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Fish FISH DIVISION
Regulating harvest, protection, and enhancement of fish populations
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Rogue Fall Chinook Conservation Plan

In January 2009, ODFW began developing a conservation plan for nine populations of wild fall chinook in the Rogue Fall Chinook Species Management Unit (SMU). This SMU covers Euchre Creek to the California border and includes the Rogue River Basin.

The need for a conservation plan became apparent during 2008 discussions on the expected poor returns of fall chinook to all of Oregon’s coastal basins. ODFW has taken actions to protect these fish in the Rogue Fall Chinook SMU when needed but lacked a formalized fishery management plan.

This conservation plan has several purposes: 1) to provide guidance to fishery managers in relation to key elements of the Native Fish Conservation Policy; 2) to provide the opportunity for public and co-manager input during plan development; and 3) to ensure fish management programs for both fall and spring chinook salmon in the Rogue River Basin complement each other.

The latter is imperative since a conservation plan for Rogue River spring chinook was adopted by the Oregon Fish and Wildlife Commission in 2007. Some elements of this plan place management emphasis on spring chinook for allocation of reservoir storage available for fishery enhancement. As this water availability decreases over time, the ability to enhance fall chinook in the Rogue River will also decline.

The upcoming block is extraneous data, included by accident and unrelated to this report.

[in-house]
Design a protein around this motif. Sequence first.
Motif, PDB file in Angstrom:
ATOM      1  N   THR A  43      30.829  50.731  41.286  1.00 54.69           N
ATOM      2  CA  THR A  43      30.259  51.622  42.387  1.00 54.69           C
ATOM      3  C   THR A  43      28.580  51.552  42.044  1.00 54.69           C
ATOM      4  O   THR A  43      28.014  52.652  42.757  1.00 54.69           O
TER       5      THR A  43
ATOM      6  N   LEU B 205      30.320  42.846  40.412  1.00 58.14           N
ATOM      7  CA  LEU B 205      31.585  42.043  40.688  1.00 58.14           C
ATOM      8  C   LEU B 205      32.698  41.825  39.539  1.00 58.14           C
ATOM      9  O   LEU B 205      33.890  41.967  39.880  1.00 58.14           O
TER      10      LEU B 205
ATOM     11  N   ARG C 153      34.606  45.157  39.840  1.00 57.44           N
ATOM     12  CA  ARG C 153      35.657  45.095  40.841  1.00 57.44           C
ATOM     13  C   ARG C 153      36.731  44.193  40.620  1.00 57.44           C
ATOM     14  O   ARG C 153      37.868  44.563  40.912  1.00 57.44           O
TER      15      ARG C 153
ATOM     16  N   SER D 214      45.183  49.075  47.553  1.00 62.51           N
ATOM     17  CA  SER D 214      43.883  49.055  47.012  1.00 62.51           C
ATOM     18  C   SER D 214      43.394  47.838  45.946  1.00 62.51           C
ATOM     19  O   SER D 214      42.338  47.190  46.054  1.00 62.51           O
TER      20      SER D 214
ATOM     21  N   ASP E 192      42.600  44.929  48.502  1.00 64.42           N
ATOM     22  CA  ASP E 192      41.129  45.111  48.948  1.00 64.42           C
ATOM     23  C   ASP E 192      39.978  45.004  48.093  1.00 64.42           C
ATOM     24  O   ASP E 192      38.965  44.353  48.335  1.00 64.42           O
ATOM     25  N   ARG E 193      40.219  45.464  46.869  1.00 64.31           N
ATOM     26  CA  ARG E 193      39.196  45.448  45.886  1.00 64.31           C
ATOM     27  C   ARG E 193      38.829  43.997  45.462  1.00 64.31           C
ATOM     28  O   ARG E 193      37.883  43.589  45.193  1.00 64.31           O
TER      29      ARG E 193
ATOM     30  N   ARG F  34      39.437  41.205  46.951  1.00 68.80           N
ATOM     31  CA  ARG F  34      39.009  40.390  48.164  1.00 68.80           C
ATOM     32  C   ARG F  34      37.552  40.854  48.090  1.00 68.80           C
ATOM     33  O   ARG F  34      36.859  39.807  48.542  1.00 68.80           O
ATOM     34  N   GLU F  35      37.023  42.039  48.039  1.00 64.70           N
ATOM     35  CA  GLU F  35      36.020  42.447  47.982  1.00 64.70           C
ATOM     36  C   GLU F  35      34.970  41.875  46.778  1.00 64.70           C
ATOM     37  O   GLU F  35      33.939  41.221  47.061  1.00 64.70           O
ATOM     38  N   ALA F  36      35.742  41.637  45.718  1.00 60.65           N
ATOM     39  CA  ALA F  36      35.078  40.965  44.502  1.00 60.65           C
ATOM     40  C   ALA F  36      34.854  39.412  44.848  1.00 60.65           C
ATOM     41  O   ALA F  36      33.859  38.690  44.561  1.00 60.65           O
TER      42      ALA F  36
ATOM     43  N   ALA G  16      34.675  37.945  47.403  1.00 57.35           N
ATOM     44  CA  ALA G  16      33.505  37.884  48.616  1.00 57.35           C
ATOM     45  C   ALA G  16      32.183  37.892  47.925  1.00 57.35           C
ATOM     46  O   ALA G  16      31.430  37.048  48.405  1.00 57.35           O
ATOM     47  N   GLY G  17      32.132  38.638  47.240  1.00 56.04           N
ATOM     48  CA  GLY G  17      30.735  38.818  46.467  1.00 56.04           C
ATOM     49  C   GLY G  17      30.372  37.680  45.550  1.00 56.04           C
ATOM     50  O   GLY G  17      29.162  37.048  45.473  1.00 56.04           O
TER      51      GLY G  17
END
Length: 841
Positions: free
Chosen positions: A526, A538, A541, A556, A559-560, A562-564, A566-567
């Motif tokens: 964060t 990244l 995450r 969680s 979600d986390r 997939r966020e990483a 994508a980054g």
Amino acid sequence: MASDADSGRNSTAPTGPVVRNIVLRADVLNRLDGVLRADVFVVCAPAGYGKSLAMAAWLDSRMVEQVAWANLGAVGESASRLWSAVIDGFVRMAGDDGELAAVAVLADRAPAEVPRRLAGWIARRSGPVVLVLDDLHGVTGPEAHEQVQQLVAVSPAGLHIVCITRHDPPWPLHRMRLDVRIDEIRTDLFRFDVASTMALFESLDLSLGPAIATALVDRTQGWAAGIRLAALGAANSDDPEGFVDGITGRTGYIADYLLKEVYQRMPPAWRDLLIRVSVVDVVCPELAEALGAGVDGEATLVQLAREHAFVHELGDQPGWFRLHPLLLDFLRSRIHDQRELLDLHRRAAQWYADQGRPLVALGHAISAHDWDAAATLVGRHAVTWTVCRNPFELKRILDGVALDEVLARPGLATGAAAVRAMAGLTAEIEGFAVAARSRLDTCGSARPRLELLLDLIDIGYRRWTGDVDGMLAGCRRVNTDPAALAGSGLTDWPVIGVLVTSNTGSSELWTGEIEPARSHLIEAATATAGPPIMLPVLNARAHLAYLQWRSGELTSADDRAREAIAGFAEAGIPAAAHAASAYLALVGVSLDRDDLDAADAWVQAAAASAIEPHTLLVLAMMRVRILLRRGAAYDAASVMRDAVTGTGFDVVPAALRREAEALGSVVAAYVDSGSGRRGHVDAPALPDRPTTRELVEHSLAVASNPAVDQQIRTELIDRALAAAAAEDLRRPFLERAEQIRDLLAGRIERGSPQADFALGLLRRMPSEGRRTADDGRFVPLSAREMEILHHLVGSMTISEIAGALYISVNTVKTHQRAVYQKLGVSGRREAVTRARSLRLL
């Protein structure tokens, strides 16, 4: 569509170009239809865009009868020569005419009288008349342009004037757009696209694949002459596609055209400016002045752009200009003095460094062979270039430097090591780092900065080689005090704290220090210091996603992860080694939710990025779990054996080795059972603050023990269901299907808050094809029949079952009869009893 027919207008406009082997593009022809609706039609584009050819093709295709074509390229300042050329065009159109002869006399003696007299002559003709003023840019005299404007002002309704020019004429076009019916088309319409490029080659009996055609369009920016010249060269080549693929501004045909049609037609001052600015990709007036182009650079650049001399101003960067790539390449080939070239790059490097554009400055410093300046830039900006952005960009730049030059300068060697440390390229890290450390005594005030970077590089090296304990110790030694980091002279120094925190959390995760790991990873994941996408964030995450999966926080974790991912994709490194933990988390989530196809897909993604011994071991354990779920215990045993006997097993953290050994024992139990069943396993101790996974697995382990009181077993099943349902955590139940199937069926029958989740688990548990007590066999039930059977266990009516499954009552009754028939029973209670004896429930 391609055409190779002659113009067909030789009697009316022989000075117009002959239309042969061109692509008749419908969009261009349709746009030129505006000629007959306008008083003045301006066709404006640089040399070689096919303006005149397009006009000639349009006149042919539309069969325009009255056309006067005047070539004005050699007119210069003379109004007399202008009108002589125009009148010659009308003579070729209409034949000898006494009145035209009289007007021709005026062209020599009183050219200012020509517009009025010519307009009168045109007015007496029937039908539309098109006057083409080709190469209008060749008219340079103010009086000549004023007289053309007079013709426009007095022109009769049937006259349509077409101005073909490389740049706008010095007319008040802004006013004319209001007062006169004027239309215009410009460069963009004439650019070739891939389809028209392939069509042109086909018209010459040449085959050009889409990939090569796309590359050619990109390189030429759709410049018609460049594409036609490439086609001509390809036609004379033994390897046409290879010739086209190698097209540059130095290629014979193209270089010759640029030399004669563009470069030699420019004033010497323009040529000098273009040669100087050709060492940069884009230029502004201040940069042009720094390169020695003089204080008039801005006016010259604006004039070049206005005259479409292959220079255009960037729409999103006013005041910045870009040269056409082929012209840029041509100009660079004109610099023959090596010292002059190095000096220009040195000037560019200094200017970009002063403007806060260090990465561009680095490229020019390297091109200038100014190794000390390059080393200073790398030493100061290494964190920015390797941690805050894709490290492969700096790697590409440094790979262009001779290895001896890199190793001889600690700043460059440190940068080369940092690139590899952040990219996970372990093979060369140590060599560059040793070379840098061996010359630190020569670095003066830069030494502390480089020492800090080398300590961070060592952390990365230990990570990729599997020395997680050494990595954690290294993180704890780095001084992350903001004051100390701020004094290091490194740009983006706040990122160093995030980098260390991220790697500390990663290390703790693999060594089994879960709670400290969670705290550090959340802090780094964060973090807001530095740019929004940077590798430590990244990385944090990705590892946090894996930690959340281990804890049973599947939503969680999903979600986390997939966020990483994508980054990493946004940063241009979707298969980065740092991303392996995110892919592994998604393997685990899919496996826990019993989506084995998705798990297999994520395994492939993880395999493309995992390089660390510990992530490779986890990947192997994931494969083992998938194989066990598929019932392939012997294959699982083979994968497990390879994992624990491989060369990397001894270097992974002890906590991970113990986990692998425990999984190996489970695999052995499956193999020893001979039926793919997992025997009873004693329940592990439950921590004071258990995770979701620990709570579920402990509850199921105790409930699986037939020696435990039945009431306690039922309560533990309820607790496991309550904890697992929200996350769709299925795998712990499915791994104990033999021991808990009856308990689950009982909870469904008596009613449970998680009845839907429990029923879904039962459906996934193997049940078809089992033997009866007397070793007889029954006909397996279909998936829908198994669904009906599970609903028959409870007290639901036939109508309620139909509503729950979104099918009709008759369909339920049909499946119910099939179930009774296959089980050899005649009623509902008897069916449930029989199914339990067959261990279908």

ODFW developed this plan with the assistance of an advisory committee. The plan follows guidelines in ODFW’s Native Fish Conservation Policy to establish management priorities and direct attention to the most critical problems facing these important populations of fall chinook salmon.

Five alternatives for management strategies were created for the Rogue fall chinook populations, and six alternative management strategies were created for the coastal fall chinook populations. For the Rogue fall chinook populations, Rogue alternatives 4 and 5 received the most support from the advisory committee.  For the coastal fall chinook populations, coastal alternatives 5 and 6 received the most support from the advisory committee.  The Oregon Fish and Wildlife Commission adopted Rogue Alternative 4 and coastal Alternative 6 of the plan in January 2013. These alternatives primarily rely on habitat restoration, maintenance, and enhancement actions to achieve and maintain desired status, while maintaining current angling opportunities.

Savage Rapids Dam public meeting


Savage Rapids Dam Public Meeting Video

May, 2009

Contacts:

Upper Rogue: Dan Van Dyke 541-826-8774, Daniel.J.Vandyke@state.or.us
Lower Rogue: Todd Confer 541-247-7605, Todd.A.Confer@state.or.us

Final Plan

Approved by Oregon Fish and Wildlife Commission: January 11, 2013

Annual progress reports

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